Both in Cuba and as here in the United States, many Cubans are wondering what will happen on the island if the government of Nicolas Maduro falls next 2016 under the influence of a recall of its mandate, which could promote a new National Assembly if the Venezuelan people introduce collected signatures to the National Electoral Council. The concern for Cubans is evident, if the former happens and Venezuela ceases to be the leading supplier of oil to Havana, what are the Castros are going to do in order to solve the situation?
Caracas worse the Havana
This writer, who lived nearly twenty years in Venezuela, working as a journalist in the private and public media, knows that Caracas is now worse than Havana. To name just one example, the dollar is overvalued as it was in Cuba during the 1990s. President Maduro needs to institute changes and dialog with the opposition, or this will have a lasting effect as his Godfather Raul Castro well knows. The Cuban government was only waiting for the results of the December 6th polls, to "change the batteries" and accelerate their business with the Americans. Castro knows that if the flow of oil from Venezuela is cut and not replaced by another supplier to the Caribbean island, this will herald a return to the hardest years of the Special Period (1993-1998) that still exists in many aspects of the Cuban economy.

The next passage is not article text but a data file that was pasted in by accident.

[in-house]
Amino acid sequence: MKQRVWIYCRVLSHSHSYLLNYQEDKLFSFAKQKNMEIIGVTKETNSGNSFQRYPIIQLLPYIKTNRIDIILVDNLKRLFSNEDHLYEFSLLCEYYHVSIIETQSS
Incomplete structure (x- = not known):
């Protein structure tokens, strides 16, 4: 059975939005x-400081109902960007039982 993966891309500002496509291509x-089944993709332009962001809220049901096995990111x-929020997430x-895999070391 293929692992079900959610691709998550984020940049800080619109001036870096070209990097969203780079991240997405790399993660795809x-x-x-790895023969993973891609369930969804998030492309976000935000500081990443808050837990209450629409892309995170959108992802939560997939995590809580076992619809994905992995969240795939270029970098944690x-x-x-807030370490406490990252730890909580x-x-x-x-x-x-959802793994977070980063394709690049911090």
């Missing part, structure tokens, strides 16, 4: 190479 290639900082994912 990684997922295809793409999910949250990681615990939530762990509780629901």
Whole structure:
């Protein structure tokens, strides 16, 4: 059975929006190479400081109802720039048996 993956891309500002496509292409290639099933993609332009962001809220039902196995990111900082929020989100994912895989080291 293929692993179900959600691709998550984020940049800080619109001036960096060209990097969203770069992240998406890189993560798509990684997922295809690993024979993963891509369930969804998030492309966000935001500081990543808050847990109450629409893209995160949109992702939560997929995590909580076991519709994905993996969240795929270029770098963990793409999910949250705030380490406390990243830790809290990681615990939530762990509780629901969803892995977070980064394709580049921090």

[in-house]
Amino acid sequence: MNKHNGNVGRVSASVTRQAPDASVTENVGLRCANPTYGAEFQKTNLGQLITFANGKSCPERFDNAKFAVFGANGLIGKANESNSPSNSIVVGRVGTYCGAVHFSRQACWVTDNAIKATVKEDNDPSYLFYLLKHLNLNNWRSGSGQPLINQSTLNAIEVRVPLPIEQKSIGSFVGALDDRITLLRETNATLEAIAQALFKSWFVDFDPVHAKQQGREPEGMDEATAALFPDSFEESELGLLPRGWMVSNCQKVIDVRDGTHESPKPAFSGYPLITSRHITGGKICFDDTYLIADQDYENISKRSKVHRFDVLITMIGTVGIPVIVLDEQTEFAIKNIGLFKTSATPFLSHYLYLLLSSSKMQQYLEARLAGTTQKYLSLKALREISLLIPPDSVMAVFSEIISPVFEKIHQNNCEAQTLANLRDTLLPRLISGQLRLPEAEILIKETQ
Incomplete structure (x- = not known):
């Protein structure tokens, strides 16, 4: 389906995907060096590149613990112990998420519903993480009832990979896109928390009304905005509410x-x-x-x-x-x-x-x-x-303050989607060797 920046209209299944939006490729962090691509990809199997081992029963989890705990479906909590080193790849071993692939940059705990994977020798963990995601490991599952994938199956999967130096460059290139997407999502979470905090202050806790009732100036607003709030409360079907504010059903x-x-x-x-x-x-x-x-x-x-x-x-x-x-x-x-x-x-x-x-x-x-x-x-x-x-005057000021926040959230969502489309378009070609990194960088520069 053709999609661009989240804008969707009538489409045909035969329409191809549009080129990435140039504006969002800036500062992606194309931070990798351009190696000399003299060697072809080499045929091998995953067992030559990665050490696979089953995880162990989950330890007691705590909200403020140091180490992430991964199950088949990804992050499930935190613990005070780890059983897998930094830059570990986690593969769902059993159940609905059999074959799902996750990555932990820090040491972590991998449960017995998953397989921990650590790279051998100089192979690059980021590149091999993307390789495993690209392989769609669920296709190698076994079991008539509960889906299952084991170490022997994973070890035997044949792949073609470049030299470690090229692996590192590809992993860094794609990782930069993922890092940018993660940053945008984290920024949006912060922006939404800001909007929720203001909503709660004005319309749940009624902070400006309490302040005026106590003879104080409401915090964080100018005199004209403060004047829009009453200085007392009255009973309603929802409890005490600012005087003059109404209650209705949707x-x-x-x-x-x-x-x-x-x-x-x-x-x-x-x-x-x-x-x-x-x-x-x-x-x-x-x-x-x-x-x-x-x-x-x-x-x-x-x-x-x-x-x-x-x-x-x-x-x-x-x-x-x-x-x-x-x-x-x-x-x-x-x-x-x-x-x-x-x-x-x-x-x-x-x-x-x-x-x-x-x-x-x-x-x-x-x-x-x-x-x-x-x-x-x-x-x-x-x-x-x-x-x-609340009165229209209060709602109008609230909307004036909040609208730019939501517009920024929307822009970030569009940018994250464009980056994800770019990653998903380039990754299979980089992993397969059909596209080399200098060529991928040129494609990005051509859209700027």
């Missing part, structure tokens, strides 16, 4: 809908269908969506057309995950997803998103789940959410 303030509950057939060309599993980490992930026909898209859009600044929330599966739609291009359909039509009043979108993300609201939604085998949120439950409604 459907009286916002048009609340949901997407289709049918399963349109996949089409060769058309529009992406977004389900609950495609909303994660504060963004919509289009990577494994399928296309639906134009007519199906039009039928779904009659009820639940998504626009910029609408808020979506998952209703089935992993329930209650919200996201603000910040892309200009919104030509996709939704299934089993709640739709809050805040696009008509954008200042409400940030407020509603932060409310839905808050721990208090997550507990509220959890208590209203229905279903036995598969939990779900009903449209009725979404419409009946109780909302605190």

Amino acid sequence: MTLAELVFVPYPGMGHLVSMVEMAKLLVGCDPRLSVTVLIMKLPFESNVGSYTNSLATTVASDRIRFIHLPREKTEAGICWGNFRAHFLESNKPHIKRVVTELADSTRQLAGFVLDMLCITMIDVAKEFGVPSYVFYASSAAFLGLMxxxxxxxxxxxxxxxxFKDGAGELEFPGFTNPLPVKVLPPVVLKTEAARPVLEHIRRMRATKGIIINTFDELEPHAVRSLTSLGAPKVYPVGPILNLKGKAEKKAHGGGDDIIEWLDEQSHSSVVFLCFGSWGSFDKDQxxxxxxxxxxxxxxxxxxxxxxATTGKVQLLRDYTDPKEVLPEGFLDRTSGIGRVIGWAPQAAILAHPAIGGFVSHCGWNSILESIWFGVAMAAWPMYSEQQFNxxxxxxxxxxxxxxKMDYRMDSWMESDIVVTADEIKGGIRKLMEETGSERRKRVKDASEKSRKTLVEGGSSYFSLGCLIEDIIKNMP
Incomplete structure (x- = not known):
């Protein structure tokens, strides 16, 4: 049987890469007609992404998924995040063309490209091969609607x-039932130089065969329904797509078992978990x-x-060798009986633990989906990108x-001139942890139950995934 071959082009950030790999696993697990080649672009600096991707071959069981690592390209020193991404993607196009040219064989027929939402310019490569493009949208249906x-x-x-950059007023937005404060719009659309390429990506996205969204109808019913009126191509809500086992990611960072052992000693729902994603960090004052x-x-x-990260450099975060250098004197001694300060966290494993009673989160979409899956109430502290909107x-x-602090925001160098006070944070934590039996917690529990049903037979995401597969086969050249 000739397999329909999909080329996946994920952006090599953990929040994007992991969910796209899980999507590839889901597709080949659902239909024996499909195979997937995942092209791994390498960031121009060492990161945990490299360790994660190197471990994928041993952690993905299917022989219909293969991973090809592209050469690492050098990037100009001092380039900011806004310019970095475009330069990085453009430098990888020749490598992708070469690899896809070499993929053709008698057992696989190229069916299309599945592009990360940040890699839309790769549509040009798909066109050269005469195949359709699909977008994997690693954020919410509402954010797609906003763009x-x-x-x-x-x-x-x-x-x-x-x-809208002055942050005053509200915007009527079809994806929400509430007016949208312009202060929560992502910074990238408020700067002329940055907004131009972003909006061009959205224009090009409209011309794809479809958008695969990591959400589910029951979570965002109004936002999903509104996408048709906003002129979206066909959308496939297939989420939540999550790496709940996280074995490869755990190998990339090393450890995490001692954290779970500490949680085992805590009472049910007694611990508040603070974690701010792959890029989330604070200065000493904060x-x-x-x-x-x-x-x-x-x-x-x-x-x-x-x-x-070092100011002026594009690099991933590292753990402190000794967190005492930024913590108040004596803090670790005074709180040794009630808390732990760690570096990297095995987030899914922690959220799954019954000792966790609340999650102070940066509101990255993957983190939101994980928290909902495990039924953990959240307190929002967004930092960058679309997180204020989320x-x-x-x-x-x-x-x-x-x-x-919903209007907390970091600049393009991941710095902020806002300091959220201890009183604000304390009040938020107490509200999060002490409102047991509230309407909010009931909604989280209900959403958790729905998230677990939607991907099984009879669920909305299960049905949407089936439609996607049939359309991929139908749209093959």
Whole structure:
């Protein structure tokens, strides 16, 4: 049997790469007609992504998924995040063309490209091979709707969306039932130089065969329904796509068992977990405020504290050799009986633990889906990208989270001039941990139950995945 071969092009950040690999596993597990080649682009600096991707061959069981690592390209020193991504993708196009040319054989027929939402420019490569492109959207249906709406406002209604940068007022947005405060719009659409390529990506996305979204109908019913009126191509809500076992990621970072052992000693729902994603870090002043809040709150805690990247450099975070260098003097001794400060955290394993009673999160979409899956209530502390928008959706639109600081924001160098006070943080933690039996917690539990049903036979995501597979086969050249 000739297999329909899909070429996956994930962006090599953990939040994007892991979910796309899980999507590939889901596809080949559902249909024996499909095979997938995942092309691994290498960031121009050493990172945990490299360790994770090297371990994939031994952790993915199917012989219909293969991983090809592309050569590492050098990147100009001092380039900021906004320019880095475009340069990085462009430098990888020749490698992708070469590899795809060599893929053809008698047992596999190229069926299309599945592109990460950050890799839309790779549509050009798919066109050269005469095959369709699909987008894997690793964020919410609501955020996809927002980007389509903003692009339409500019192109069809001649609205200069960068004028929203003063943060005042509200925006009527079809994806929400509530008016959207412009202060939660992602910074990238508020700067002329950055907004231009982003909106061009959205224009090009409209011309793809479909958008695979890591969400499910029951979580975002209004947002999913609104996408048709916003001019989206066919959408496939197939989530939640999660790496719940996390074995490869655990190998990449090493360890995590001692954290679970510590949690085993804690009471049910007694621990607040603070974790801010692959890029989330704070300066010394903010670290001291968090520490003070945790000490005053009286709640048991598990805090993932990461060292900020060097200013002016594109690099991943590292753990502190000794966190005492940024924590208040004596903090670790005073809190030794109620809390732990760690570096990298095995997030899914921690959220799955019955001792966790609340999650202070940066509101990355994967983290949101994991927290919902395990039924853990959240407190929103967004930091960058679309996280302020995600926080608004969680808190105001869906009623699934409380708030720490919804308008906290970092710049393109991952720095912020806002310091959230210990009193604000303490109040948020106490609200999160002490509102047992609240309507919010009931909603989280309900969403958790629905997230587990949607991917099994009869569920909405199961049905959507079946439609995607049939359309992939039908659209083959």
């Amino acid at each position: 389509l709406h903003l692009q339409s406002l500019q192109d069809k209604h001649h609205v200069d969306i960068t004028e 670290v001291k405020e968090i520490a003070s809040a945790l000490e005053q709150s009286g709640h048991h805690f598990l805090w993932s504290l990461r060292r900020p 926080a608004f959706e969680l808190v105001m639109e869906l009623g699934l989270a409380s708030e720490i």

A bad copy of Fidel Castro and with no talent
In any corner or park from Cuba's cities, the overwhelming electoral defeat of the ruling party in Venezuela is the subject of conversation. For many Cubans, Maduro is a mediocre manager. Many are saying he is a "bad copy of Fidel Castro and with no talent".
Some pray for him to continue governing until 2019 and the island continues receiving Venezuelan oil, saying, "You'd think if they return to blackouts, horse wagons and bicycles ... the government would be left alone, because we would go from here it doesn't care how."
The exodus has already begun, as seen in the actual migration crisis when thousands of migrants from the island were stranded on the border with Costa Rica and Nicaragua. Unfortunately, although a majority segment of Cubans feel more repulsion for socialist system than Venezuelans, because the Caribbean has suffered it for nearly six decades, 57 years of chronic and unproductive nursing by the Soviet subsidy first and then by the Venezuelan oil, have also have cemented a culture of drones in millions of Cubans.
Those born after 1959 thought that modern imperialism and capitalism would vanish in the XXI century as we learned in Cuban universities, but it was the opposite. For years, Cuba lived from money and oil from the former Soviet Union. When Hugo Chavez came to power in 1999, he returned the subsidy for an important part of Cuba's economy after the island crossed the desert for a decade.
Power or progress
As is known, the Castros hold the guiding principles for a new Latin American left. In a proverbial magical pass, with an economy in ruins and safes in the red, they have managed to export its best and most effective weapon: govern without opposition for a long time. The reality has been a crisis model of the populist left in Latin America. Raul Castro, more farsighted than his brother Fidel, negotiated an advantageous deal with the United States and the European Union almost without offering anything in return, at least for anything of public knowledge.